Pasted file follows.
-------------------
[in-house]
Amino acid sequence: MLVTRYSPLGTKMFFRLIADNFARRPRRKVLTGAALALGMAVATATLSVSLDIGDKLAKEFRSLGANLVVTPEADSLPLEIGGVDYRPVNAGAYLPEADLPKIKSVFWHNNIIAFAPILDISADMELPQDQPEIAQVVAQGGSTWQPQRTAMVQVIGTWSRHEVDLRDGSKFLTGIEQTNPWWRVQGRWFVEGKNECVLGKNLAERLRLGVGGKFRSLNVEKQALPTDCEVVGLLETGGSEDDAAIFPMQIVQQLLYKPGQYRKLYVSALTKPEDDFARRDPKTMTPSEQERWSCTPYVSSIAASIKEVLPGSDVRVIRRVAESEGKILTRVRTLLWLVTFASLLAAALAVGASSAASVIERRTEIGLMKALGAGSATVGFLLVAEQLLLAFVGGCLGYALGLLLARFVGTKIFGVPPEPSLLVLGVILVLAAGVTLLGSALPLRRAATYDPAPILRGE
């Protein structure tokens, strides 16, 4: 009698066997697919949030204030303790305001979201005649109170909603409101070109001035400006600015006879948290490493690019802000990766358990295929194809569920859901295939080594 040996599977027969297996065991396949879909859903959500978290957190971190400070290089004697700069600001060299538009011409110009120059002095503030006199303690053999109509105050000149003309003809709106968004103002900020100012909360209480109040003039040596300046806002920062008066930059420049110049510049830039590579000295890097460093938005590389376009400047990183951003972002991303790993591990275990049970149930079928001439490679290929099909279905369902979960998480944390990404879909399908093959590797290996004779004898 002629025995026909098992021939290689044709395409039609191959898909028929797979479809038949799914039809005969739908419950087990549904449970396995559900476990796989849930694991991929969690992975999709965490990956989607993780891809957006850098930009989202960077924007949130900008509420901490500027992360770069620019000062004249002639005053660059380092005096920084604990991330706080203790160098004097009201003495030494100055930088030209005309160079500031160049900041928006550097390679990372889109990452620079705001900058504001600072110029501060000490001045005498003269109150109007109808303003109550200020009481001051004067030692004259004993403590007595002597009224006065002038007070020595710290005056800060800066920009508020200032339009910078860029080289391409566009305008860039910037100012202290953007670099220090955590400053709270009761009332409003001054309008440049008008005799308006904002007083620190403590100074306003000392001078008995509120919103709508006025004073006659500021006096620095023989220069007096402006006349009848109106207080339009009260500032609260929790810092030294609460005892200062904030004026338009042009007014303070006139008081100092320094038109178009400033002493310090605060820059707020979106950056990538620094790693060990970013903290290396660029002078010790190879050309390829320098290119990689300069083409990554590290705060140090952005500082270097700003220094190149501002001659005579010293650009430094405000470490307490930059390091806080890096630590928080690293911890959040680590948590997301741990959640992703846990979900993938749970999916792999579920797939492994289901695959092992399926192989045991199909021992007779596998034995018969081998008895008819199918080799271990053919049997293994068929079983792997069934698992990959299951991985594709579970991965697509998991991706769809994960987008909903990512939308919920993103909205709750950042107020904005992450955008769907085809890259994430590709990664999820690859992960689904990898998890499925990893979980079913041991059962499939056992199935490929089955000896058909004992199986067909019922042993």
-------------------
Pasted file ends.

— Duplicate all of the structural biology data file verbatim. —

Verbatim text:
[in-house]
Amino acid sequence: MLVTRYSPLGTKMFFRLIADNFARRPRRKVLTGAALALGMAVATATLSVSLDIGDKLAKEFRSLGANLVVTPEADSLPLEIGGVDYRPVNAGAYLPEADLPKIKSVFWHNNIIAFAPILDISADMELPQDQPEIAQVVAQGGSTWQPQRTAMVQVIGTWSRHEVDLRDGSKFLTGIEQTNPWWRVQGRWFVEGKNECVLGKNLAERLRLGVGGKFRSLNVEKQALPTDCEVVGLLETGGSEDDAAIFPMQIVQQLLYKPGQYRKLYVSALTKPEDDFARRDPKTMTPSEQERWSCTPYVSSIAASIKEVLPGSDVRVIRRVAESEGKILTRVRTLLWLVTFASLLAAALAVGASSAASVIERRTEIGLMKALGAGSATVGFLLVAEQLLLAFVGGCLGYALGLLLARFVGTKIFGVPPEPSLLVLGVILVLAAGVTLLGSALPLRRAATYDPAPILRGE
């Protein structure tokens, strides 16, 4: 009698066997697919949030204030303790305001979201005649109170909603409101070109001035400006600015006879948290490493690019802000990766358990295929194809569920859901295939080594 040996599977027969297996065991396949879909859903959500978290957190971190400070290089004697700069600001060299538009011409110009120059002095503030006199303690053999109509105050000149003309003809709106968004103002900020100012909360209480109040003039040596300046806002920062008066930059420049110049510049830039590579000295890097460093938005590389376009400047990183951003972002991303790993591990275990049970149930079928001439490679290929099909279905369902979960998480944390990404879909399908093959590797290996004779004898 002629025995026909098992021939290689044709395409039609191959898909028929797979479809038949799914039809005969739908419950087990549904449970396995559900476990796989849930694991991929969690992975999709965490990956989607993780891809957006850098930009989202960077924007949130900008509420901490500027992360770069620019000062004249002639005053660059380092005096920084604990991330706080203790160098004097009201003495030494100055930088030209005309160079500031160049900041928006550097390679990372889109990452620079705001900058504001600072110029501060000490001045005498003269109150109007109808303003109550200020009481001051004067030692004259004993403590007595002597009224006065002038007070020595710290005056800060800066920009508020200032339009910078860029080289391409566009305008860039910037100012202290953007670099220090955590400053709270009761009332409003001054309008440049008008005799308006904002007083620190403590100074306003000392001078008995509120919103709508006025004073006659500021006096620095023989220069007096402006006349009848109106207080339009009260500032609260929790810092030294609460005892200062904030004026338009042009007014303070006139008081100092320094038109178009400033002493310090605060820059707020979106950056990538620094790693060990970013903290290396660029002078010790190879050309390829320098290119990689300069083409990554590290705060140090952005500082270097700003220094190149501002001659005579010293650009430094405000470490307490930059390091806080890096630590928080690293911890959040680590948590997301741990959640992703846990979900993938749970999916792999579920797939492994289901695959092992399926192989045991199909021992007779596998034995018969081998008895008819199918080799271990053919049997293994068929079983792997069934698992990959299951991985594709579970991965697509998991991706769809994960987008909903990512939308919920993103909205709750950042107020904005992450955008769907085809890259994430590709990664999820690859992960689904990898998890499925990893979980079913041991059962499939056992199935490929089955000896058909004992199986067909019922042993």